Keeping some dry powder

Asset allocation strategy - 12/11/2017

The global synchronised recovery continues, especially in Europe, even if China is showing signs of slowing due to tighter monetary policy.

A favourable investment environment

In the US, the chances of a stimulus plan have improved markedly following the Senate vote on tax reform. The Senate and House of Representatives still have to go through the reconciliation process to validate what is a new more expansionary fiscal policy, especially as concerns companies. But this political success cannot mask the FBI’s ongoing enquiry into contacts between Donald Trump’s team and Russia, especially during the presidential campaign. This has raised the spectre of impeachment but, in our view, that would be more likely to create short term volatility than change things fundamentally over the medium term. All in all, the latest news confirms that the environment is fundamentally favourable for investment and likely to keep risk assets on an upward trajectory. 

Last month, we slightly reduced exposure to equity risk for tactical reasons. It seemed to us that the improving economic environment had not ruled out the risk of short term volatility. We continued to invest in risk assets but more cautiously. After all, they had been rising for 18 months amid low volatility so there is an increased risk that any bad news might cause more turbulence. And many investors have attached too much importance to recent volatility when calibrating portfolio risk budgets. The danger is that those who have taken on too much risk will fuel the selling when the next market accident occurs. That is why we prefer to keep some dry powder so as to benefit from any fresh volatility.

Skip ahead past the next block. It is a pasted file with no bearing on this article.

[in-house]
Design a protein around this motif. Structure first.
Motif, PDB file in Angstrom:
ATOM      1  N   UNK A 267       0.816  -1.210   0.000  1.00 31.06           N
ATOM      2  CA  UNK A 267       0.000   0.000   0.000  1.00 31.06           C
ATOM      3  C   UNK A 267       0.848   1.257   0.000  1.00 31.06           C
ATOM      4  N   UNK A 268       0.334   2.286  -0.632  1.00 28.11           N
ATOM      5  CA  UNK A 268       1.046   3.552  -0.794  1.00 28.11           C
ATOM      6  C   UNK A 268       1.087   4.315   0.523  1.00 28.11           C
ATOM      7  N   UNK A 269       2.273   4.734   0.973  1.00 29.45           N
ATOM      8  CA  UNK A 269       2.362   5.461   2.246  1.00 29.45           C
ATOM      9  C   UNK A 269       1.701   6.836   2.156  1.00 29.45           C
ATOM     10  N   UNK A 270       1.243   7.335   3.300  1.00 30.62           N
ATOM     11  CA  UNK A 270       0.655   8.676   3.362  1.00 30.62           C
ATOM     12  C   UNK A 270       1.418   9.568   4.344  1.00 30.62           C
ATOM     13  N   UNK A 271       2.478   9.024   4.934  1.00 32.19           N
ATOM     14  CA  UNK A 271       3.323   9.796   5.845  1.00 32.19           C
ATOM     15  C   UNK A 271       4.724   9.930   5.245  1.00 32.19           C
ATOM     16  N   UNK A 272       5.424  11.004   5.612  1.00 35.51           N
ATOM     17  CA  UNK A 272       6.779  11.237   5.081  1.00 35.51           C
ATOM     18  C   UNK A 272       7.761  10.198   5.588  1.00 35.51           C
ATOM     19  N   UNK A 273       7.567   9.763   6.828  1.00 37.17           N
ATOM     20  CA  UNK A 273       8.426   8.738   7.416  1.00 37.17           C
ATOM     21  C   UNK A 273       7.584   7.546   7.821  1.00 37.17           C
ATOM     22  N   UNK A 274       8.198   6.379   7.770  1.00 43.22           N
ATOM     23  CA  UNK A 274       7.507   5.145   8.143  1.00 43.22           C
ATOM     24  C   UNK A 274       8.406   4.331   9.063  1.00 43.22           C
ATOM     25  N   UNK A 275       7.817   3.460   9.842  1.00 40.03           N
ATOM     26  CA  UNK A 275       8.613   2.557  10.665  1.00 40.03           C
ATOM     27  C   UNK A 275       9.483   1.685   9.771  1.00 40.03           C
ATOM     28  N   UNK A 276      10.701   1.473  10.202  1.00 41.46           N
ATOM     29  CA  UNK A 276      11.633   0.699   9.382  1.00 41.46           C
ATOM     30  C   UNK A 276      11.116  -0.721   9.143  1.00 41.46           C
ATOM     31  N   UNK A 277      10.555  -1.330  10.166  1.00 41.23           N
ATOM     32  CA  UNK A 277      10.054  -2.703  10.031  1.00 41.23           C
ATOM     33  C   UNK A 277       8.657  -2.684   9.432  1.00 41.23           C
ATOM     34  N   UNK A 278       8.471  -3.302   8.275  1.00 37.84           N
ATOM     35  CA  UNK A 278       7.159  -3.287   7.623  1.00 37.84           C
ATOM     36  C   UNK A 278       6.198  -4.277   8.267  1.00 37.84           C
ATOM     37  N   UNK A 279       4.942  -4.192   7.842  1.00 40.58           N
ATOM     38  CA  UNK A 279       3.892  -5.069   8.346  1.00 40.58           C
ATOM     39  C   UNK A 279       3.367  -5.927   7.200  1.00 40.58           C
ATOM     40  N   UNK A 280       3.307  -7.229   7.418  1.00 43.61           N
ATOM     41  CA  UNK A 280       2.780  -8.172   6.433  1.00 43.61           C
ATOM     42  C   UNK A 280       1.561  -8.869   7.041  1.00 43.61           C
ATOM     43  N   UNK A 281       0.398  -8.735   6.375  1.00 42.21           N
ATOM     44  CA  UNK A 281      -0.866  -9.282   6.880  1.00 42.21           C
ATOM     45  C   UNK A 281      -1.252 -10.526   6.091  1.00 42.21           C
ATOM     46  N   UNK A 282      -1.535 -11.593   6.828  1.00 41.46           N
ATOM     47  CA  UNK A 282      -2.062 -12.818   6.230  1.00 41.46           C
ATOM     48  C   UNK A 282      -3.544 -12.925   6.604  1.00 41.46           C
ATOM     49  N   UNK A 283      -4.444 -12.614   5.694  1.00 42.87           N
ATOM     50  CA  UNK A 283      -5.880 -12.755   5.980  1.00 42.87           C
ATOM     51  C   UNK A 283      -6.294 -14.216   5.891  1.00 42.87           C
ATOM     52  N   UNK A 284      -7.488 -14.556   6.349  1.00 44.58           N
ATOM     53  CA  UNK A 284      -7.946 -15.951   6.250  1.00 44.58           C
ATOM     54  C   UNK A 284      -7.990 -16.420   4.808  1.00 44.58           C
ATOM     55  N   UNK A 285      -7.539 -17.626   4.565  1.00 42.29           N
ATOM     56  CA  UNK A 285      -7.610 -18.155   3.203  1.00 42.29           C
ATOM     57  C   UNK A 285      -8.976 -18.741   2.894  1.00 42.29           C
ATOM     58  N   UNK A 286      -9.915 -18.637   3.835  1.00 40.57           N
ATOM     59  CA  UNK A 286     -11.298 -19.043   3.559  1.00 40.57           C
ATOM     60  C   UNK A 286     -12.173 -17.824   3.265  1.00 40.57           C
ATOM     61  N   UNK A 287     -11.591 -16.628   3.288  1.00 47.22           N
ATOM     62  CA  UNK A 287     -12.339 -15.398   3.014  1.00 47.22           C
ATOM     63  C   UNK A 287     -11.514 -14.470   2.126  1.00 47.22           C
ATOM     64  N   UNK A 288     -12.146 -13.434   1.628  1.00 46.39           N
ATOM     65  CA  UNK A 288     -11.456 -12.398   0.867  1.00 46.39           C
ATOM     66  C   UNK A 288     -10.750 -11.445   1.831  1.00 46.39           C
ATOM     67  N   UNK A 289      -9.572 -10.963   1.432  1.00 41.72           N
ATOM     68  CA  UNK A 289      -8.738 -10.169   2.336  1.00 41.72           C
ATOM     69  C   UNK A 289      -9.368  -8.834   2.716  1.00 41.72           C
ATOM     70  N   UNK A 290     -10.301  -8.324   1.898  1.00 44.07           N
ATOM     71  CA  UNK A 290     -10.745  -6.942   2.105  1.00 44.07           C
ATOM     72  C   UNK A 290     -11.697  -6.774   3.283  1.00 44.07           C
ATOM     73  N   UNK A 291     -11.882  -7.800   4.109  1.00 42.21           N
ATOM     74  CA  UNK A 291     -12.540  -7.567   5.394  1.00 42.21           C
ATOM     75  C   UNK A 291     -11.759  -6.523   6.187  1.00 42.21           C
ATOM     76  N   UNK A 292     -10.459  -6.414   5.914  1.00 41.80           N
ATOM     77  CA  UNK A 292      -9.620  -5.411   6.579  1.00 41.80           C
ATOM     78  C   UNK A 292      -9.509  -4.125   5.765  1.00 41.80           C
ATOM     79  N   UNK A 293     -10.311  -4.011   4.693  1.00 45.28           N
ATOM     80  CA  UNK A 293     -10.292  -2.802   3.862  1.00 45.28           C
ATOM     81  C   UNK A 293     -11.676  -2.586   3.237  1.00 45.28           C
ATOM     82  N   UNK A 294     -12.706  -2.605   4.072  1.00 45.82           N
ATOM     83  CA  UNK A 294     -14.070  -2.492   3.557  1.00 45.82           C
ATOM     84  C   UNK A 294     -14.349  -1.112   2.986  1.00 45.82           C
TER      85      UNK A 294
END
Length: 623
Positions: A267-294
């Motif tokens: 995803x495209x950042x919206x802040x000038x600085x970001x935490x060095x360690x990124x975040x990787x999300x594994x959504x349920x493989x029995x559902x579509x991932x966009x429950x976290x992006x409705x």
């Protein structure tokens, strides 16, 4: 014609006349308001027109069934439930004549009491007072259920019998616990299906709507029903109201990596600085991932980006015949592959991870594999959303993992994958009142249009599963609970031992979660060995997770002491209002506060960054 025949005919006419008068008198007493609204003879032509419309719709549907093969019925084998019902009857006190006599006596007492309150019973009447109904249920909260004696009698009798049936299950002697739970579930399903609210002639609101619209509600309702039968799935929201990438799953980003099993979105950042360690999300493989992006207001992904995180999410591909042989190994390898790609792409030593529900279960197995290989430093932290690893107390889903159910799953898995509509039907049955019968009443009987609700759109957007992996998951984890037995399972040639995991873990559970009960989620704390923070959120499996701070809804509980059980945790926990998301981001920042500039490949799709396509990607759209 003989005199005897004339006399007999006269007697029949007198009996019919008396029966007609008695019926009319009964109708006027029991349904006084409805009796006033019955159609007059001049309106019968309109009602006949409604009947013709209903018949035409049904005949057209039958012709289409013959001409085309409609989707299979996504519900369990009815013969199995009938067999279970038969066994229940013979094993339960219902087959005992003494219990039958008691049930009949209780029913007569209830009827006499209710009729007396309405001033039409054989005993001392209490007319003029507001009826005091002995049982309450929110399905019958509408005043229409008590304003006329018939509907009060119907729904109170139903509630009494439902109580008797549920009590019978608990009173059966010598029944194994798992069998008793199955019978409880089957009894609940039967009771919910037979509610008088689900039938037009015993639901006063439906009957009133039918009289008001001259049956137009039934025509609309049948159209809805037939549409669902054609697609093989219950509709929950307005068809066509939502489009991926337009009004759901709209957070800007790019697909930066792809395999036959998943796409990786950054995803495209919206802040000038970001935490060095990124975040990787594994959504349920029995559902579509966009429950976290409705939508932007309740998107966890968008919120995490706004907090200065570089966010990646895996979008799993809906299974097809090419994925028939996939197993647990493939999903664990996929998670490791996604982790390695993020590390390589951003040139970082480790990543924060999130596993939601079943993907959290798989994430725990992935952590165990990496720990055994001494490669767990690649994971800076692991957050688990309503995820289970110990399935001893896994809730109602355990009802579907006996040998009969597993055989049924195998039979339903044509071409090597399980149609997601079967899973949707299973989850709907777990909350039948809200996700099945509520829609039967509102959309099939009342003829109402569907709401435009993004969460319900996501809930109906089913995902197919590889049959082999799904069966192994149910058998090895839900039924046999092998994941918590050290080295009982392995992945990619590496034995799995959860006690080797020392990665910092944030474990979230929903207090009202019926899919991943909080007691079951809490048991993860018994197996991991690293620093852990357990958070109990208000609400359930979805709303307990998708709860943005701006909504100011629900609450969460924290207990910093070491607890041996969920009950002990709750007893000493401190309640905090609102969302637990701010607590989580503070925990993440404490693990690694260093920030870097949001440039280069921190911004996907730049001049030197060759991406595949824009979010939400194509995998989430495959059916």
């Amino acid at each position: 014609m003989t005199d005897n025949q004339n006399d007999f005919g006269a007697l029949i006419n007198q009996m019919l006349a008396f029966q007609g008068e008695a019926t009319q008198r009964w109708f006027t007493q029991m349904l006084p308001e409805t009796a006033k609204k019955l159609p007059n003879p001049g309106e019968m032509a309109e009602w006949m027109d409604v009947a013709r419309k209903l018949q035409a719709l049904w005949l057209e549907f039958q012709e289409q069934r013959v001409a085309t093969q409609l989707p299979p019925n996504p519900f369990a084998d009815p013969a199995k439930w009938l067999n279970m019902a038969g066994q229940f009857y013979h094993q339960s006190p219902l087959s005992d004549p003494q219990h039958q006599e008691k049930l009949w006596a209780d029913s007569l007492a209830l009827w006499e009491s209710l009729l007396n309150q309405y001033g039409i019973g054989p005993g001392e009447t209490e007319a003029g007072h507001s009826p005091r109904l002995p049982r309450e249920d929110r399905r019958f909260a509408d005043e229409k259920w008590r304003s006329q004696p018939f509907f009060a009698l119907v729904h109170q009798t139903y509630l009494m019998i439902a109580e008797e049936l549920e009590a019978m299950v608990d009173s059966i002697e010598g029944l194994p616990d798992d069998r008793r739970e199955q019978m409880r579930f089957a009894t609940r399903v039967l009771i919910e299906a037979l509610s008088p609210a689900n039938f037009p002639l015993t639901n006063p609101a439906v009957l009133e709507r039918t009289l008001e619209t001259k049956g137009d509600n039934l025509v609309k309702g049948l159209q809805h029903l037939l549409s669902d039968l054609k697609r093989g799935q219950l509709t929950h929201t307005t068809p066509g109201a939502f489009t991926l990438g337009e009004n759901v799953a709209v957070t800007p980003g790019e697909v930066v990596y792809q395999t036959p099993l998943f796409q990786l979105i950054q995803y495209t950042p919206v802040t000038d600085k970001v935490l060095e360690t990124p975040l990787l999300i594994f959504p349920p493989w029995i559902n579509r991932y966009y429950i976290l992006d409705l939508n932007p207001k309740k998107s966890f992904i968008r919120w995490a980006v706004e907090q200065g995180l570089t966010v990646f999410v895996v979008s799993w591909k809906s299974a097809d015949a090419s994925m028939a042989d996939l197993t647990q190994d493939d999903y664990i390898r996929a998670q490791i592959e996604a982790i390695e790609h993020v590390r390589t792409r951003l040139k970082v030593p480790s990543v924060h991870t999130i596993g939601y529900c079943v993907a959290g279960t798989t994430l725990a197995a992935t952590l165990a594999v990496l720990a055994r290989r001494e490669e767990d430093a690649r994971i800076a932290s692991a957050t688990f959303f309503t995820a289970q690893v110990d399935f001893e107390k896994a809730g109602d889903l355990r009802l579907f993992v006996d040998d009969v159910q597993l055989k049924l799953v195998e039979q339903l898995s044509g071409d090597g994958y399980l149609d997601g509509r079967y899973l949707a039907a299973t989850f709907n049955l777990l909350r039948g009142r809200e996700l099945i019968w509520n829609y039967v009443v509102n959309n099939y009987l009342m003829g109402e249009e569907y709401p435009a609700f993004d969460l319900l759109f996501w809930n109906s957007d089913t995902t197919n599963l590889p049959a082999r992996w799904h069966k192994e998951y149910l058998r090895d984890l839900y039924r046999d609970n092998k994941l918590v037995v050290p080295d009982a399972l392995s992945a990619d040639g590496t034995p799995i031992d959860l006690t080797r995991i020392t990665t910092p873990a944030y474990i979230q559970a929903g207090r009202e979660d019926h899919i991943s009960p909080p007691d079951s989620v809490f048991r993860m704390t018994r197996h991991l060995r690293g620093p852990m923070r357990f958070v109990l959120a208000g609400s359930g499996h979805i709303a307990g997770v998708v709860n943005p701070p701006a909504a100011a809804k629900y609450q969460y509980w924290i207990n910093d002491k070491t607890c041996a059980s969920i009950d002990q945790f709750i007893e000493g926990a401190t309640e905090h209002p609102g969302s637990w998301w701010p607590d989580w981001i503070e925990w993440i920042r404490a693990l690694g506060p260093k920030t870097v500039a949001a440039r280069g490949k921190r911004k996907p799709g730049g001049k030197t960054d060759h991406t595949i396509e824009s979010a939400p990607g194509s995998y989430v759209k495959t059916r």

Key points
  • Overweight eurozone and Japanese equities
  • Focus on subordinated financial debt

Bond market opportunities are thinning out

We continue to focus on eurozone and Japanese equities so as to tap into each zone’s accelerating growth and their relatively more attractive valuations. Both also benefit from highly expansionist central bank policy which should continue for several months. Emerging country equities have risen 30% in US dollars year to date and now look slightly less attractive with the Chinese economy slowing and the Fed pursuing its monetary tightening policy. 

Bond market opportunities are now rather thin on the ground as markets are generally looking expensive and central banks are moving towards monetary tightening. We are still taking a defensive approach to duration risk and, in the credit universe, prefer subordinated financial debt.

    Our convictions for December Changes compared to the previous month
  United Kingdom
Emerging countries
Investment Grade
High Yield
Emerging Debt (hard currency)
Financial bonds
Money market
Convertible bonds
Next headline events
  • December 12 & 13: next Fed meeting
  • December 14: next ECB meeting
  • December 20 & 21: next BoJ meeting

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